Bookmark and Share

Ocean Explorer

Loading Tour

  • Acidification

    This journey examines the threat acidification poses to tiny, almost invisible pteropods, lush seagrasses, ancient clams and endangered whales. Along the way, you’ll learn how a diversity of life beneath the sea is being threatened by excessive carbon dioxide being emitted into the atmosphere above it.

    View in Ocean Explorer Make a Pledge

  • Coral Depletion

    This journey examines the coral depletion and the consequences this has for the ocean ecosystem. If corals are the nurseries of the ocean and those nurseries are empty, what else will disappear?

    View in Ocean Explorer Make a Pledge

  • Deadzones

    This brief tour of some of the ocean’s deadliest zones suggests that we are in for a rocky future if we do not act now. Learn what’s causing the proliferation of these deadzones and how they can be stopped.

    View in Ocean Explorer Make a Pledge

  • Overfishing

    Take a journey through the ocean’s complex ecosystem that has managed to maintain a delicate balance for millennia. If we continue to fish for unnecessary delicacies and harvest more than we need, we are capable of emptying the world’s ocean. The ocean can rebound, but it is up to us.

    View in Ocean Explorer Make a Pledge

  • Pollution

    Explore how our pollution has over-run the ocean’s natural filtering and recycling capabilities and kills seabirds and sea creatures by the hundreds of thousands yearly.

    View in Ocean Explorer Make a Pledge

  • Acorn Barnacle

    Acorn barnacles (Balanus glandula) are volcano-shaped animals up to 2 cm (0.75 inch) tall, and the width of a human finger. Sometimes when they are crowded together, they grow very tall and thin. The...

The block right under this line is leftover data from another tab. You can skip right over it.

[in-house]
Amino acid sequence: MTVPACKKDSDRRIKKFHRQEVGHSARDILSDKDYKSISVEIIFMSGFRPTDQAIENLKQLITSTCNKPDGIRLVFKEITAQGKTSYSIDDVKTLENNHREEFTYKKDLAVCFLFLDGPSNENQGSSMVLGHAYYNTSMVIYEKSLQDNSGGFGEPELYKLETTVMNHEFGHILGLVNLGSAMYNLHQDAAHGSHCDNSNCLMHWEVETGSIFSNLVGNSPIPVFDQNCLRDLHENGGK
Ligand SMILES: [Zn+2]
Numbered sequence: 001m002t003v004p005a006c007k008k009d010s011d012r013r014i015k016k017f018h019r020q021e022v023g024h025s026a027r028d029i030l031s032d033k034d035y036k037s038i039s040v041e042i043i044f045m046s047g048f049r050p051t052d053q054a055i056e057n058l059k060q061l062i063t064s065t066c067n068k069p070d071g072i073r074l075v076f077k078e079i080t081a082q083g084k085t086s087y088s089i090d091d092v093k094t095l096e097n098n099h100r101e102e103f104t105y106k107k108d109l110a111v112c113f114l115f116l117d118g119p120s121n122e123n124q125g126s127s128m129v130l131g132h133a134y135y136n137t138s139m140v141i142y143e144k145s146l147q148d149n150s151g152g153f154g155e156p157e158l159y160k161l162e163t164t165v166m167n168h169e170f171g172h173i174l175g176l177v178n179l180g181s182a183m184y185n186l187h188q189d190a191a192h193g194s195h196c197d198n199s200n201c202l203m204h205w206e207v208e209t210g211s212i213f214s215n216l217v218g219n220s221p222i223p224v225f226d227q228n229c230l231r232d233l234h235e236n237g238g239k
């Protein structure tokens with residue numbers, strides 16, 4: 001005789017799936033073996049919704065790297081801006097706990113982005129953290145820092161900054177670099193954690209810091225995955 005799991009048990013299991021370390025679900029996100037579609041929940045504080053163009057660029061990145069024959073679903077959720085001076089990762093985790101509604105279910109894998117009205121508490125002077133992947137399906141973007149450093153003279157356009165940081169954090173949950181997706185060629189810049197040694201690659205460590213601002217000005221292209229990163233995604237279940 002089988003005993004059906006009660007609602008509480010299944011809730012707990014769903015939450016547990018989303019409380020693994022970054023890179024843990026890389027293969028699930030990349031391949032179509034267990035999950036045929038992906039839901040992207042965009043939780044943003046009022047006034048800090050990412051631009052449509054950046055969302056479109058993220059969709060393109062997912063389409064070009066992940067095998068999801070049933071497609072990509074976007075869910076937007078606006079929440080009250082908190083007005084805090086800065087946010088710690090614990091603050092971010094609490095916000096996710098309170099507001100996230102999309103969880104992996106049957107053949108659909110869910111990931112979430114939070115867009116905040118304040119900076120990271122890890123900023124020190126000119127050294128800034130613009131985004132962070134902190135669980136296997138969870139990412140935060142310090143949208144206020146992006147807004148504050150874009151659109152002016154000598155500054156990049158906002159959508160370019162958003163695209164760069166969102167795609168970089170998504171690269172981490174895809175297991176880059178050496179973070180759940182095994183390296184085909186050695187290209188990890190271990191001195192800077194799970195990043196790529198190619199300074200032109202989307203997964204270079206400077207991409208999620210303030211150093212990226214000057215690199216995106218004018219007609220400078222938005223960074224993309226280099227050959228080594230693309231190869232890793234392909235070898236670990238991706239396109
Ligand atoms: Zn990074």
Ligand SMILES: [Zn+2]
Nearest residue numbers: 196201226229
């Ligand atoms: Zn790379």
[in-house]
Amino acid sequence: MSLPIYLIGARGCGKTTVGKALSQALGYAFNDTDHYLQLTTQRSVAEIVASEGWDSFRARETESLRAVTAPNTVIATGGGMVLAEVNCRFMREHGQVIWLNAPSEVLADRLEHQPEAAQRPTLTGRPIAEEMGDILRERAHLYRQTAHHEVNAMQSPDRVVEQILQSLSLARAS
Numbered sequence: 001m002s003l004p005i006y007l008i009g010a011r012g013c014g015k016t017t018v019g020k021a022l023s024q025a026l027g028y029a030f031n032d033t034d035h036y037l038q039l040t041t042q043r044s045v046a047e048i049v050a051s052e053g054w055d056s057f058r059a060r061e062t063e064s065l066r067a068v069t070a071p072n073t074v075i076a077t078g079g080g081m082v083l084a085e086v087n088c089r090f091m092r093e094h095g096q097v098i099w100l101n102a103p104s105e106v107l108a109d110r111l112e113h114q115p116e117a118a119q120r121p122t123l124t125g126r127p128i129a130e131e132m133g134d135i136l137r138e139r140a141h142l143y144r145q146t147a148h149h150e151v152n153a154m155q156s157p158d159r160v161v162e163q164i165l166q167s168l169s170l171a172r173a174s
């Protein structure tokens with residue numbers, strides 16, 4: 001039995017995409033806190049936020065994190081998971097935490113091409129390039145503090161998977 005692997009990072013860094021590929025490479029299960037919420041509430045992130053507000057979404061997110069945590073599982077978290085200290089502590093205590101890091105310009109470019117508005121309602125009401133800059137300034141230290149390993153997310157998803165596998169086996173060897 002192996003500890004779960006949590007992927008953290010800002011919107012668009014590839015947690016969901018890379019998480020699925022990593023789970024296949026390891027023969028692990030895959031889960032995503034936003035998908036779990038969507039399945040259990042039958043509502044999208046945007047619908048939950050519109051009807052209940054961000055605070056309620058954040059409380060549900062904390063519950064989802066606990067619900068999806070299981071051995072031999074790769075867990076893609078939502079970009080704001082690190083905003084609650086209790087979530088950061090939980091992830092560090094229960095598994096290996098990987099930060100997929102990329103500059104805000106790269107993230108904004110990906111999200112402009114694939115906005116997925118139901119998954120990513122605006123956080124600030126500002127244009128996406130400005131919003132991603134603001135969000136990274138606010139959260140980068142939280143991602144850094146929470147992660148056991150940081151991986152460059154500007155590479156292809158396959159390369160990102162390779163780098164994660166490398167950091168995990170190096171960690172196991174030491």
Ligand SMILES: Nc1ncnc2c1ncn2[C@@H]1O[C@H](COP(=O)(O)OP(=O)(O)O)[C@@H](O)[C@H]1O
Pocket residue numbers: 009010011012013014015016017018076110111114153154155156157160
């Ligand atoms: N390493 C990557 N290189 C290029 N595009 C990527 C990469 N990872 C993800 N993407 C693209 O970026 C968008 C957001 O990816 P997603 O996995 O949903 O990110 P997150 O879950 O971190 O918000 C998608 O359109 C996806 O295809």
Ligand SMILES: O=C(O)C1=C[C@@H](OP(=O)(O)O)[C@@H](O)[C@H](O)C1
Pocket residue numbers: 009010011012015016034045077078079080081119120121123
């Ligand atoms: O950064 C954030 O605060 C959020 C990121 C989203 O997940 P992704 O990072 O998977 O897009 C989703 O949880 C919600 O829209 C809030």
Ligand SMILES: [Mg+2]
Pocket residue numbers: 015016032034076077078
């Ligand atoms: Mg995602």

View in Ocean Explorer

  • American Lobster

    The American lobster (Homarus americanus) is also known as the northern lobster, Atlantic lobster or Maine lobster. American lobsters are nocturnal and solitary creatures. They range from 20 to 60 cm...

    View in Ocean Explorer

  • Anaerobic Bacteria

    Bacteria are unicellular organisms and are among the smallest living things on earth. Anaerobic bacteria are active when oxygen is absent, and in the ocean they assist in the decomposition of...

    View in Ocean Explorer

  • Atlantic Bluefin Tuna

    Atlantic bluefin tuna (Thunnus thynnus) are also known as bluefin tuna and northern bluefin tuna. They are thought to be one of the most highly evolved fish species. Bluefin are one of the largest...

    View in Ocean Explorer

  • Atlantic Croaker

    Atlantic croaker (Micropogonias undulatus), also known as a drum and tambour, are shimmering fish with long dorsal fins and deeply forked tails. Scales cover their entire body. The maximum recorded...

    View in Ocean Explorer

  • Atlantic Sailfish

    Atlantic sailfish (Istiophorus albicans) are so similar to Pacific sailfish (Istiophorus platypterus) that some scientists disagree on whether the 2 sailfish populations are in fact different species....

    View in Ocean Explorer

  • Baird's Beaked Whale

    Baird's beaked whales (Berardius bairdii) are the largest of all known beaked whales. They can reach up to 12.8 metres (42 feet) in length and can weigh up to 10,800 kg (12 tons). Their bulbous...

    View in Ocean Explorer

  • Banggai Cardinalfish

    Banggai cardinalfish (Pterapogon kauderni) are small with a distinctive colour pattern. They are black and white, have 3 black bars across their head and body and white spots at the end of their fins....

    View in Ocean Explorer

  • Barred Angelfish

    Barred angelfish (Centropyge multifasciata) are small tropical reef fish. They can reach up to 12 cm (5 inches) in length. Barred angelfish are generally white with 8 or more brown bars running the...

    View in Ocean Explorer

  • Bicolour Angelfish

    Bicolour angelfish (Centropyge bicolor) are colourful reef fish. Their heads are mostly yellow and their mid-body is blue and black. Their tail is yellow. They are small fish that can reach 15 cm (7...

    View in Ocean Explorer

Comments (0)

Add your own mark in the Ocean Explorer Take the One Ocean pledge